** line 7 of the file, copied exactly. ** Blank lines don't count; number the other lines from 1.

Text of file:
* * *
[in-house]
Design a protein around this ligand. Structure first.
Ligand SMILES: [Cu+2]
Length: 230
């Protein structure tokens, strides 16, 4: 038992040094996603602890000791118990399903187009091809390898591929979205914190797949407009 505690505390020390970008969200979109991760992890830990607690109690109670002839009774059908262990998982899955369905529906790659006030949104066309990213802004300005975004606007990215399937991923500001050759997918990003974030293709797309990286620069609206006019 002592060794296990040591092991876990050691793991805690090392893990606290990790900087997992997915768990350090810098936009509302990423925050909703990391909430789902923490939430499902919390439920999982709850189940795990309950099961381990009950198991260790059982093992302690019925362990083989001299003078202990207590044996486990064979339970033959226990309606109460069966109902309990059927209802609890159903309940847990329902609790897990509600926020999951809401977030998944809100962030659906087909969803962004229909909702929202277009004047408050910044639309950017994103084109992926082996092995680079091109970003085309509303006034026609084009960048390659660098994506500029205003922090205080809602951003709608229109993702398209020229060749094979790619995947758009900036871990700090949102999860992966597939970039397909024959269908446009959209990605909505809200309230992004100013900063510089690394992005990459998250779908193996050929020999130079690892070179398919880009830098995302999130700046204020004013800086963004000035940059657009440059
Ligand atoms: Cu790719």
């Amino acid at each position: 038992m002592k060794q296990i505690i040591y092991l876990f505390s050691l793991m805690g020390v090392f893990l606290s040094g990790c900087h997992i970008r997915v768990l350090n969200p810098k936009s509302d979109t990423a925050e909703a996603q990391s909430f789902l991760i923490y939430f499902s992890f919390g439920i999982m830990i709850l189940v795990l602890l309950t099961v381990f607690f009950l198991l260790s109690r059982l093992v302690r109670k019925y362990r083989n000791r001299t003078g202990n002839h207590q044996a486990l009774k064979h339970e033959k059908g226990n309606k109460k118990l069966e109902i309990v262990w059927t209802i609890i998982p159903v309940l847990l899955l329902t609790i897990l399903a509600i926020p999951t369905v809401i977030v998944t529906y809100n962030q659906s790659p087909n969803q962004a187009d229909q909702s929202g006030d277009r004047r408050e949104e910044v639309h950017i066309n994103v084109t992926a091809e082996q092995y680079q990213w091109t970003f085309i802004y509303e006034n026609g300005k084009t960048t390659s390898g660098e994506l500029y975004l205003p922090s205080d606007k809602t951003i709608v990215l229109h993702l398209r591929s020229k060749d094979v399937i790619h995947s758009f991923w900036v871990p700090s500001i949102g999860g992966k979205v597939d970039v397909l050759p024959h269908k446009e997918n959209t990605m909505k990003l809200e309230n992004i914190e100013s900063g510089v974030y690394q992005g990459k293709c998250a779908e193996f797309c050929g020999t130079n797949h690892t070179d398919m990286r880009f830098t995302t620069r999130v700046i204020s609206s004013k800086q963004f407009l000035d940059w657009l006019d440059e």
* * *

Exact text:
């Amino acid at each position: 038992m002592k060794q296990i505690i040591y092991l876990f505390s050691l793991m805690g020390v090392f893990l606290s040094g990790c900087h997992i970008r997915v768990l350090n969200p810098k936009s509302d979109t990423a925050e909703a996603q990391s909430f789902l991760i923490y939430f499902s992890f919390g439920i999982m830990i709850l189940v795990l602890l309950t099961v381990f607690f009950l198991l260790s109690r059982l093992v302690r109670k019925y362990r083989n000791r001299t003078g202990n002839h207590q044996a486990l009774k064979h339970e033959k059908g226990n309606k109460k118990l069966e109902i309990v262990w059927t209802i609890i998982p159903v309940l847990l899955l329902t609790i897990l399903a509600i926020p999951t369905v809401i977030v998944t529906y809100n962030q659906s790659p087909n969803q962004a187009d229909q909702s929202g006030d277009r004047r408050e949104e910044v639309h950017i066309n994103v084109t992926a091809e082996q092995y680079q990213w091109t970003f085309i802004y509303e006034n026609g300005k084009t960048t390659s390898g660098e994506l500029y975004l205003p922090s205080d606007k809602t951003i709608v990215l229109h993702l398209r591929s020229k060749d094979v399937i790619h995947s758009f991923w900036v871990p700090s500001i949102g999860g992966k979205v597939d970039v397909l050759p024959h269908k446009e997918n959209t990605m909505k990003l809200e309230n992004i914190e100013s900063g510089v974030y690394q992005g990459k293709c998250a779908e193996f797309c050929g020999t130079n797949h690892t070179d398919m990286r880009f830098t995302t620069r999130v700046i204020s609206s004013k800086q963004f407009l000035d940059w657009l006019d440059e």